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Scientists can’t believe it: the Moon is rusting

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Manish Saini
Manish works as a Journalist and writer at Revyuh.com. He has studied Political Science and graduated from Delhi University. He is a Political engineer, fascinated by politics, and traditional businesses. He is also attached to many NGO's in the country and helping poor children to get the basic education. Email: Manish (at) revyuh (dot) com

The Indian space probe Chandrayaan-1 detected clusters of hematite on the Moon, a mineral that forms only in the presence of oxygen and water. The finding puzzled scientists who are now trying to explain the appearance of this oxidized mineral formation on the surface of Earth’s satellite.

In 2008, the Moon Mineralogy Mapper (M3) spectrometer designed by NASA aboard India’s Chandrayaan-1 mission found water in the form of ice in the polar regions of the Moon.

Now, when deciphering the data from this tool, American researchers at NASA’s Jet Propulsion Laboratory (JPL) detected spectral lines corresponding to iron oxide hematite (Fe2O3).

Hematite is a common oxidation product of iron-containing rocks found on Earth, Mars, and some asteroids. It is the iron oxides that give the red planet its color. But on the Moon, where there is no oxygen or liquid water, there should be no hematite.

“At first, I totally didn’t believe it. It shouldn’t exist based on the conditions present on the Moon,” Fraeman said. “But since we discovered water on the Moon, people have been speculating that there could be a greater variety of minerals than we realize if that water had reacted with rocks,” says Abigail Fraeman, one of the authors of the article published in the journal Science Advances and cited in the NASA JPL statement.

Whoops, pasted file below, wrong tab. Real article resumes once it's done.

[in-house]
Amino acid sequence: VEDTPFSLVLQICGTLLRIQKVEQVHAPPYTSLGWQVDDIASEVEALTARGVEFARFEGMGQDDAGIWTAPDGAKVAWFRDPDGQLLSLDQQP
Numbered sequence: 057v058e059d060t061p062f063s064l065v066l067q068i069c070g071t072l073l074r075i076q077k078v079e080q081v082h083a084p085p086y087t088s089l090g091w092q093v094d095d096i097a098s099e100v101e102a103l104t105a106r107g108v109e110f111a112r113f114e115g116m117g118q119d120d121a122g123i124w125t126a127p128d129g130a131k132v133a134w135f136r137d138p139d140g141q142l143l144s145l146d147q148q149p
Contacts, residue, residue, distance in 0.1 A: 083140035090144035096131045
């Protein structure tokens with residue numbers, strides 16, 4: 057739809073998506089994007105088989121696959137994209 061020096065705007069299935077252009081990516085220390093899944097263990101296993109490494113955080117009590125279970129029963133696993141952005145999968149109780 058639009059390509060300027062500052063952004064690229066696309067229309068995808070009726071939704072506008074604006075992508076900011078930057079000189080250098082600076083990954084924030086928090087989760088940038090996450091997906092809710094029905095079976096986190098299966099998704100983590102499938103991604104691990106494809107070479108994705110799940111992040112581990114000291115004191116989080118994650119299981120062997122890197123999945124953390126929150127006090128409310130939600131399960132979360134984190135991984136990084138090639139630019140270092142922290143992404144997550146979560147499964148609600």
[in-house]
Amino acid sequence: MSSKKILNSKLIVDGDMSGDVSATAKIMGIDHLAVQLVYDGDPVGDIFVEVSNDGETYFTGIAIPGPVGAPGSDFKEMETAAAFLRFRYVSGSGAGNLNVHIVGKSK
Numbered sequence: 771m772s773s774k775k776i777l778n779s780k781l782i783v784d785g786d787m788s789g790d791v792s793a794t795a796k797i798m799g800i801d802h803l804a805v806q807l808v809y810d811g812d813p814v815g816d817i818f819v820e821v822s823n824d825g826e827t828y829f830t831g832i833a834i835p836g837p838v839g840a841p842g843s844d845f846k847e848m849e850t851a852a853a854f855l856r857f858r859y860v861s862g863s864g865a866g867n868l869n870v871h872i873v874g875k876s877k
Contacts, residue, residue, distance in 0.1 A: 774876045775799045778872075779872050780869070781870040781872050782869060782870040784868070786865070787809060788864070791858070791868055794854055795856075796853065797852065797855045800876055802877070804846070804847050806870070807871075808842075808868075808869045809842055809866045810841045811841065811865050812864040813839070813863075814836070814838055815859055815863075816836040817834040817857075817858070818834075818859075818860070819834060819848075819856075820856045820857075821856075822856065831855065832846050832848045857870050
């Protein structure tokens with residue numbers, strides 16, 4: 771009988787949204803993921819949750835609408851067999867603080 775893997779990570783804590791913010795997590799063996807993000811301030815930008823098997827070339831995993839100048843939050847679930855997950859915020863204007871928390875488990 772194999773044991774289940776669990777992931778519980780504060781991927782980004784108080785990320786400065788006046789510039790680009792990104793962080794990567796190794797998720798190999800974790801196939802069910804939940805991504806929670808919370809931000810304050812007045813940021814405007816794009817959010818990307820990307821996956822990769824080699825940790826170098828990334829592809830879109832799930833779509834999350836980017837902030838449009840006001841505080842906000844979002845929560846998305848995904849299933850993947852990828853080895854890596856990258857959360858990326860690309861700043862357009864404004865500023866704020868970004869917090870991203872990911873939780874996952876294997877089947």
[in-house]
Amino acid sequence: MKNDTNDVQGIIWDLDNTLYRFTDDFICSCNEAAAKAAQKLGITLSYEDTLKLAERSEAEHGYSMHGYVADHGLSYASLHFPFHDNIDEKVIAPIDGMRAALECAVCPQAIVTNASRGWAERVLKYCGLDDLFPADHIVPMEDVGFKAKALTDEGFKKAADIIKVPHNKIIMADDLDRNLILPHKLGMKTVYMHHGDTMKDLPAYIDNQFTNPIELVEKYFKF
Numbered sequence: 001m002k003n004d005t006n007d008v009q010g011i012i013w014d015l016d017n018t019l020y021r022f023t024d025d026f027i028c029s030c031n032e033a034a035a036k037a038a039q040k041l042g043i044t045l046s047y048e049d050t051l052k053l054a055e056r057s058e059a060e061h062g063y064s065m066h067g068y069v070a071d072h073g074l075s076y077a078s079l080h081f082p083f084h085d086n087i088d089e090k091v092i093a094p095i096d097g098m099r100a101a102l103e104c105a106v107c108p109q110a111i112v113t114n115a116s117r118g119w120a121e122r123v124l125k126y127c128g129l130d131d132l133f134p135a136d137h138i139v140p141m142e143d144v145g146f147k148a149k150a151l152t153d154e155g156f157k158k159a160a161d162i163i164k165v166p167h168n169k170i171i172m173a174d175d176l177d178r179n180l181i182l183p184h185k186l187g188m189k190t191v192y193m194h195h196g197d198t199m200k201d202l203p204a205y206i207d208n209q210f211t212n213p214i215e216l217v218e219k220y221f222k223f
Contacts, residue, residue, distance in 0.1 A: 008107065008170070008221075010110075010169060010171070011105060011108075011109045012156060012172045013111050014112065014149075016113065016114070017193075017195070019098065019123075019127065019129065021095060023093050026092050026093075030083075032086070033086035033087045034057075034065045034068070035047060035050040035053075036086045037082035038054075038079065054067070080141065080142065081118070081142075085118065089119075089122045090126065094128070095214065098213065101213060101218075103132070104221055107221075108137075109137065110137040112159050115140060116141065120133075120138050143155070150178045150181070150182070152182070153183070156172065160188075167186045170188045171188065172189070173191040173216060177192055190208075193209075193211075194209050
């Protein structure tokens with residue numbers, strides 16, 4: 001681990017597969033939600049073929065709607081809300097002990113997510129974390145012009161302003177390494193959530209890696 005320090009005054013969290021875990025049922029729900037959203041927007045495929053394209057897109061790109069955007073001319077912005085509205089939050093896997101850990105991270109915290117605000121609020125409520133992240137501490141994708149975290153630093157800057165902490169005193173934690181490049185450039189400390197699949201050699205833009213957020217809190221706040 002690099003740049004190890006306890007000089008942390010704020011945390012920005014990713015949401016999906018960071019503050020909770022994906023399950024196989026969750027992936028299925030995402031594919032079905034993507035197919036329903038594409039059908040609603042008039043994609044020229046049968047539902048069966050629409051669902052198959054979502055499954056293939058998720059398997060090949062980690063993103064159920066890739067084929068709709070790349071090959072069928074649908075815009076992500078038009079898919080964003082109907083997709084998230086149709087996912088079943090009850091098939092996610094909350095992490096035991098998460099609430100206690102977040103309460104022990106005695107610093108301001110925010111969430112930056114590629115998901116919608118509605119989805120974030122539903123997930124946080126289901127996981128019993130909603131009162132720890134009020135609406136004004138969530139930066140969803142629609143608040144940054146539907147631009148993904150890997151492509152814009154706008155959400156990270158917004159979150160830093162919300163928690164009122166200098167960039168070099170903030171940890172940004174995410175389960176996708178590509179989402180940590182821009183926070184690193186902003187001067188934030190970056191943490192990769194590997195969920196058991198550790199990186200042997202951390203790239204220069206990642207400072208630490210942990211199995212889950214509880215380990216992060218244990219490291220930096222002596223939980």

The authors describe a model that explains how iron oxide may have formed in the lunar environment. According to the researchers, the source of oxygen was the Earth’s atmosphere. In 2007, the Japanese artificial lunar satellite Kaguya discovered that oxygen from Earth’s upper atmosphere can reach the Moon. The M3 data indicates that there is more hematite on the lunar side close to our planet.

Also, the Moon is gradually moving away from Earth, and several billion years ago, when two planets were closer to each other, more oxygen could have reached the lunar surface.

The authors admit that the water ice at the poles is not enough to explain the “hematite mystery”, since this iron oxide was found much further away from the ice clumps.

Therefore, they propose another explanation involving cosmic dust that settled on the surface of the moon. It can transport water molecules and release them from lunar rocks by the impact. In addition, the heat of these impacts increases the oxidation rate.

According to the researchers, at the most appropriate time, when the Moon was protected from the solar wind by the Earth’s magnetosphere, on its surface, bombarded by cosmic dust particles, an oxidation reaction of iron could have occurred that formed the mineral oxide.

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